At an early press screening for Martin Scorsese’s rollicking 80s comedy “The Wolf of Wall Street,” awards hopeful Jonah Hill introduced the movie, saying: “Prepare yourselves. It’s a crazy insane exciting movie to watch.”
Right he was. “The Wolf of Wall Street” instantly jumps into high gear, where it stays full-throttle for most of its three hours, as a terrific Matthew McConaughey grooms (and corrupts) his eager protege Jordan Belfort on how to achieve the American Dream– by cheating his customers. There are moments–few, but crucial–when Leonardo DiCaprio, on whom this movie entirely depends, slows down and reveals what he is really feeling. But most of the time he is too drug-addled to feel much at all. Scorsese is channeling memories of that halcyon 70s/80s drug era–“New York, New York” is remembered as one of the great Coke movies– and he and “Boardwalk Empire” writer Terence Winter, adapting Jordan Belfort’s memoir, deploy DiCaprio as a “Goodfellas”-style narrator. The two films share DNA, as many of Scorsese’s movies do.
It’s a testament to the winning DiCaprio that we are willing to hang with him and his ferocious excesses for so long. Freewheeling Wall Street kingpin Belfort is by far his richest– and most exhilaratingly comedic– performance to date. But by the third hour repetition and weariness do set in, so that when Belfort takes the mic in the trading room to exhort his troops one last time it’s one time too many. He doesn’t want to leave, he tells them. Well, maybe he should.
This is the most entertaining movie Scorsese has made in years, and is sure to please a wide swath of audiences everywhere. It makes sense that Paramount would finally want to book the $100-million picture over the holidays, pushing its presumably commercial Jack Ryan reboot into the new year, as Scorsese and editor/collaborator Thelma Schoonmaker labored over cutting an hour off the final running time.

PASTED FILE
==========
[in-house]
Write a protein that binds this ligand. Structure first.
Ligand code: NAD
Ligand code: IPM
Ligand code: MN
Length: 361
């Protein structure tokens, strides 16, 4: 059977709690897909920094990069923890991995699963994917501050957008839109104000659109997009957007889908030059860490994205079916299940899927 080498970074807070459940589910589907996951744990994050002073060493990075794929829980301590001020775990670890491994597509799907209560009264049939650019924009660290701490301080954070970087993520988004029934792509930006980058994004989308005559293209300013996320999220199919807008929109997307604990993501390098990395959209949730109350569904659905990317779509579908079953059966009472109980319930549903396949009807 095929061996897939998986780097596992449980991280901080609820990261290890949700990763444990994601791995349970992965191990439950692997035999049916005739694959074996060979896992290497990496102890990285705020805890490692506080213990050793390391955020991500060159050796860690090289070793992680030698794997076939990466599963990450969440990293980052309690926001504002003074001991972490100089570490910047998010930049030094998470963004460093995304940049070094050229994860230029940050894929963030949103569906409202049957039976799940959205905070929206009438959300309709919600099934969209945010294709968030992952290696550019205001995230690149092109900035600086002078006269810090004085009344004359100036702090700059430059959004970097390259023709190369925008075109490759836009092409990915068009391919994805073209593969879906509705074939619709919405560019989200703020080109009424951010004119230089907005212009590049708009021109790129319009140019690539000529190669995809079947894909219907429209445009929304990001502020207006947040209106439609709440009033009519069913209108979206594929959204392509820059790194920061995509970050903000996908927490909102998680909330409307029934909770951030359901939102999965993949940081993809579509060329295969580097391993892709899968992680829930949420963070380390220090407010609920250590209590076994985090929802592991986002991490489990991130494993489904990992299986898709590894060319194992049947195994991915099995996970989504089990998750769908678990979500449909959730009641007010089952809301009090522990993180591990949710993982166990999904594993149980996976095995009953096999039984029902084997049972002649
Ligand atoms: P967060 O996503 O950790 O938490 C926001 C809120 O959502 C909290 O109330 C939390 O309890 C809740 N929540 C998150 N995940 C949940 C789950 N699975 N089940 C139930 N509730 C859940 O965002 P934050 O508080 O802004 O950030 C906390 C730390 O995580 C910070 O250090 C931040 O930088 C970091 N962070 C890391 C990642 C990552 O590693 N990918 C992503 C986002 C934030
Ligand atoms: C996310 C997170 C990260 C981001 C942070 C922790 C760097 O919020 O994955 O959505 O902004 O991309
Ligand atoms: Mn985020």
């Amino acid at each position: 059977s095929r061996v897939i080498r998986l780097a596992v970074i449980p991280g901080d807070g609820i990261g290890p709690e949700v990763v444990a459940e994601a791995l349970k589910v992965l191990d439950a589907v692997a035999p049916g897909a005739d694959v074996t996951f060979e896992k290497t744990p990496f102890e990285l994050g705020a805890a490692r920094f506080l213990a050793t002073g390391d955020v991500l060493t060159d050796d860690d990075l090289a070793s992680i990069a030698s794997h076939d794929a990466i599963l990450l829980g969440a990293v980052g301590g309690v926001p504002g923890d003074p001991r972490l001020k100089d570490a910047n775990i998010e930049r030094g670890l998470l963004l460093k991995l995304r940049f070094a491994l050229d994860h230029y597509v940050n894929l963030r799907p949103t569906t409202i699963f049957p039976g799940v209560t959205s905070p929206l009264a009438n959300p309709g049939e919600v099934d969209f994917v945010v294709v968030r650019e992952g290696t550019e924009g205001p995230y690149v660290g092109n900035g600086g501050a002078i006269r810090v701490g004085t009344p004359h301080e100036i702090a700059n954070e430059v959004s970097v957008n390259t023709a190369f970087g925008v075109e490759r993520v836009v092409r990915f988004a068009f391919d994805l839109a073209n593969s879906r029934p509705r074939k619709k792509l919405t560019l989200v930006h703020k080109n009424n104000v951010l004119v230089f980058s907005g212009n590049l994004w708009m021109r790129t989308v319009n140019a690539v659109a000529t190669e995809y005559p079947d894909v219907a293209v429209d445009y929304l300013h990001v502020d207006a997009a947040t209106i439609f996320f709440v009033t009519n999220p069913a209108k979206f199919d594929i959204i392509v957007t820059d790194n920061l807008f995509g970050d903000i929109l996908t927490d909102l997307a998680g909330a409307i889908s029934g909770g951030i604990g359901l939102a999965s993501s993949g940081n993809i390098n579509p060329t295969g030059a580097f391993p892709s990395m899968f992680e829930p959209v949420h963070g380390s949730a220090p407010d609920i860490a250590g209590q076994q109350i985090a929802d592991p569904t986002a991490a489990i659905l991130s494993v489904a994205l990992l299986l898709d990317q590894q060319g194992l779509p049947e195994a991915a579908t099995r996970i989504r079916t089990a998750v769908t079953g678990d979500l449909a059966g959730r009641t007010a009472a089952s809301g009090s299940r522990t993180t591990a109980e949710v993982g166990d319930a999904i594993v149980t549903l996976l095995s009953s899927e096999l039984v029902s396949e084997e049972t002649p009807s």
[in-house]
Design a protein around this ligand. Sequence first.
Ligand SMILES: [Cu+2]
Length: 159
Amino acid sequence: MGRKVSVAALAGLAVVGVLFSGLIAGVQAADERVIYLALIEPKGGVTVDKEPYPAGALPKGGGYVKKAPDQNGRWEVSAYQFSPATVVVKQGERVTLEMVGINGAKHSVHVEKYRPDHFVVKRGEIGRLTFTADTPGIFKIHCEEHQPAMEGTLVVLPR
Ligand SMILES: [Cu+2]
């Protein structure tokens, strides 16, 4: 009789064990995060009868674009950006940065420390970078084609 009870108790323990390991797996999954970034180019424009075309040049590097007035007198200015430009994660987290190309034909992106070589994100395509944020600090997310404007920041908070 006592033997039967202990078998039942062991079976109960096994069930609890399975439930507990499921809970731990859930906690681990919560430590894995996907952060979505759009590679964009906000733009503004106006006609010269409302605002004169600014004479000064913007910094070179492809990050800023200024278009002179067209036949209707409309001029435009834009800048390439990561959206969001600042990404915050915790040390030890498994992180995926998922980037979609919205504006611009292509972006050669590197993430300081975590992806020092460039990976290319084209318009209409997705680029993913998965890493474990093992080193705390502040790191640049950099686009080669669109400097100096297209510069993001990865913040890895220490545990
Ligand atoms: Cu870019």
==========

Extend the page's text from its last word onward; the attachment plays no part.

While I wasn’t offended by the movie’s treatment of women, presumably de rigueur for the period, I wasn’t impressed either, especially when contrasted with David O. Russell’s “American Hustle.” The vagaries of the release calendar have put these two films up against each other, which makes it tempting to compare them. What can I say? Writer-director Russell did a far more impressive job with a $40-million budget and more limited palette, delivering his own social critique of an unfortunate period in American history with a wider range of rich characters including a full-blooded romantic triangle with two well-written, layered women, by relying on his actors to enrich his screenwriting on the fly. Was he hard on his actors? No question, you can read that between the lines in interviews with Christian Bale, Amy Adams and Jeremy Renner, especially. But the end result feels more organic and authentic than the old-school approach of directing actors who have memorized their lines from a screenplay.
While Scorsese laces the movie with fun cameos from Spike Jonze, Fran Lebowitz, Rob Reiner and others, they do call attention to themselves. In fact, the best sequence in the more-than-twice-as-expensive “The Wolf of Wall Street” (which is packed with yachts and helicopters and VFX and pricey locations from Manhattan to Las Vegas) was developed and choreographed by DiCaprio and Jonah Hill–the soon-to-be-famous ‘lude scene, in which the two men hilariously flop around like bleating beached seals after taking far too many quaaludes. That’s what everyone will be talking about.
While so far awards attention has focused more on “Hustle,” like late-arriving “Django Unchained” last year there is still time for “Wolf” to catch up. But the Academy tends not to favor comedies, which will make it tougher for the deserving DiCaprio to break into the super-competitive Best Actor race; the film is most likely to be recognized for its considerable technical accomplishments. For now making their money back is Paramount’s primary concern.